Socialismes Africains/Socialismes en Afrique (African Socialisms/Socialisms in Africa) international conference, Paris, France, April 7 to 9, 2016
More than forty scholars presented their research at this three-day conference in Paris, hosted by the University of Paris 1 (Panthéon-Sorbonne), and the National Center for Scientific Research (CNRS). Conducted in French and English with simultaneous translation, the conference included participants from across Africa, Europe, and the United States. An audience of more than fifty people consistently packed the conference room, leading to lively discussion and heated debates.
Socialismes Africains/Socialismes en Afrique built upon the successful international conference in 2014 in Paris on the history of student movements in Africa since 1960. From the momentum of that event, organizer Françoise Blum (CNRS) initiated this conference with a team of young scholars of Africa working in France.
The conference focused on how socialism has been conceptualized and translated into practice in Africa. Presentations covered Francophone, Lusophone and Anglophone sub-Saharan Africa (although South Africa was not included), as well as Algeria, Tunisia and Egypt. With a strong historical bent, most of the papers addressed the period of the 1950s-1970s, when variations of “African Socialism,” “Marxism-Leninism,” and other radical tendencies were most prominent in African politics. Much of the first day focused on the diverse theories of socialism conceived by anti-colonial organizations, African state leaders, or their opposition. The presentations soon moved to addressing the various attempts at implementing socialism in Africa—whether through artistic endeavors, educational reforms, urban housing policies, or agricultural production schemes. Other scholars explored the bidirectional impact of relationships that developed between African states and countries such as the Soviet Union, Israel, and East Germany in the context of the Cold War.
A series of more informal roundtable discussions also provided for dynamic conversations. The first, recorded and moderated by Radio France Internationale, brought together participants from Marxist-inspired movements and governments in Senegal, Congo-Brazzaville, Mali, and Benin during the 1950s-1970s to talk about their experiences. The second was comprised of scholars discussing the past and current prospects for socialist movements in the Horn of Africa (Ethiopia, Kenya, Somalia, and Eritrea).
From the whirlwind of presentations and debate, numerous common threads and unanswered questions emerged. First, the sheer diversity of African “socialisms” was often in tension with purveyors’ claims to represent the “universality” of socialism. What “real” socialism was to look like in practice was a source of conflict within African states, between African states, and in Africa’s relationship to international allies. Second, socialisms in Africa often emerged alongside anti-colonial struggles, enmeshing race, class, imperialism, and gender. Frequently, debates over African socialism involved questioning how these concepts were to be defined in African contexts, particularly which aspects of “tradition” should be embraced by socialists, and which rejected. Third, as Fred Cooper (New York University) noted in his closing remarks, conflicts consistently emerged over who would partake in determining the practices of socialism in Africa, and how they would participate. This was evidenced by papers that explored both the creation of newly democratic spaces and the use of violent coercion in self-proclaimed “socialist” countries.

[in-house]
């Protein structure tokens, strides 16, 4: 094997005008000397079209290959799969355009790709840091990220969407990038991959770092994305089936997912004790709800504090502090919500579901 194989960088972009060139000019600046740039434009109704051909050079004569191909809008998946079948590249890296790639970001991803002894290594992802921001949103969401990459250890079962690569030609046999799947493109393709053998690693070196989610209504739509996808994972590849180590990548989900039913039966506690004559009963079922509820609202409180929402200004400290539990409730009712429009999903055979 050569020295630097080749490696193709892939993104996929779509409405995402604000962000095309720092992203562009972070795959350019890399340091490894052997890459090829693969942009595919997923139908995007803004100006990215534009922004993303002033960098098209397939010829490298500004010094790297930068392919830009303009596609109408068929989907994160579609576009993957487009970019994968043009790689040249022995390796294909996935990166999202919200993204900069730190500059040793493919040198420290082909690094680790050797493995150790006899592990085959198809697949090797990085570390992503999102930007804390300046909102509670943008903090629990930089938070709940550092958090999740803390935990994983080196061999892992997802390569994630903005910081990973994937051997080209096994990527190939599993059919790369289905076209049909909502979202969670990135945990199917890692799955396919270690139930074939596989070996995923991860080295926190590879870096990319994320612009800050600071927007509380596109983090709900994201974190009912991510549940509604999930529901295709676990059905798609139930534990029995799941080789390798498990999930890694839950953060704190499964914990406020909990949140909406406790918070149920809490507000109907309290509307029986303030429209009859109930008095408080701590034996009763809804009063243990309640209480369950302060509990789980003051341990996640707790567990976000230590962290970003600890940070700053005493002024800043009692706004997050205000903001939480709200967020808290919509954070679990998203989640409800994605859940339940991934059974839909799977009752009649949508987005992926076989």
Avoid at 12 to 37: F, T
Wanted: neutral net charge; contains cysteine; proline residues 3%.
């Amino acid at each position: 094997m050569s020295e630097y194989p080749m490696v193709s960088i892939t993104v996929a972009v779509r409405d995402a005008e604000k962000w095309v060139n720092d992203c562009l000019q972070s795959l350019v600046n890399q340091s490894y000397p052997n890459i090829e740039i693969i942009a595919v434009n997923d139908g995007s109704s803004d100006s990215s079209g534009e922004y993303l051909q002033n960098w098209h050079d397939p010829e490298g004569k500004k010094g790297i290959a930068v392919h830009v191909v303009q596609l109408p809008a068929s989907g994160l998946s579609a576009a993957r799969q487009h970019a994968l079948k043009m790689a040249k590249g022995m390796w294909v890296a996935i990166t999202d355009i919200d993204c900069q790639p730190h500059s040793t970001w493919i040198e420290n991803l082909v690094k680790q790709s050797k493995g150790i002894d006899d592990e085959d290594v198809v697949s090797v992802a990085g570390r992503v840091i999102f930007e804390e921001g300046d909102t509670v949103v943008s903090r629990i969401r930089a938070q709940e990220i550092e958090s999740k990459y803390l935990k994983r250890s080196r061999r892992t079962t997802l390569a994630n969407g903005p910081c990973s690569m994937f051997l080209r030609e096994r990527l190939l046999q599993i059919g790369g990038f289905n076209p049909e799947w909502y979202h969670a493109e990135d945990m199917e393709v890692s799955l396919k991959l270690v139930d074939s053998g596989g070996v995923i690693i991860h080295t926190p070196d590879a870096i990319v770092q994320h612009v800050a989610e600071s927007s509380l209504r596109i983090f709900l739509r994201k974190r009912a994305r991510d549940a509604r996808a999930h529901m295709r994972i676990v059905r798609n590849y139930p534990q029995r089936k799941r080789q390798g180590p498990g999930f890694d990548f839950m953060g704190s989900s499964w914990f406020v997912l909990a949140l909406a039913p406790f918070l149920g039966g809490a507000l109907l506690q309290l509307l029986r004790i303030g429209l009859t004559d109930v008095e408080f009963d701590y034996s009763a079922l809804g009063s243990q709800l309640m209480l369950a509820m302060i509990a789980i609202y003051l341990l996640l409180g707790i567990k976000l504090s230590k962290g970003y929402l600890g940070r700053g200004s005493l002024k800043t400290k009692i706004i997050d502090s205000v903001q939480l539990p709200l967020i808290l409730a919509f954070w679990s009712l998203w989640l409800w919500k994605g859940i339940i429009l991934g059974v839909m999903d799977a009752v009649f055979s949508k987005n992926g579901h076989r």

The conference showed that the study of socialism in Africa, particular in the period during and after decolonization, is currently undergoing a revival among historians, anthropologists, art historians, and political scientists across the world. Outside of the Cold War context that framed many early studies of socialism in Africa, scholars are now reassessing the era. The conference offered an excellent opportunity for us to take stock of our collective efforts. However, very few presenters addressed the fate of socialism in Africa after the fall of the Communist Bloc. The conference inevitably raised questions not just about our assessment of the past, but whether socialism has a place in the future of African politics and social movements.
Videos of all of the panels from the first and second day of the conference are available online
Contributed by Matt Swagler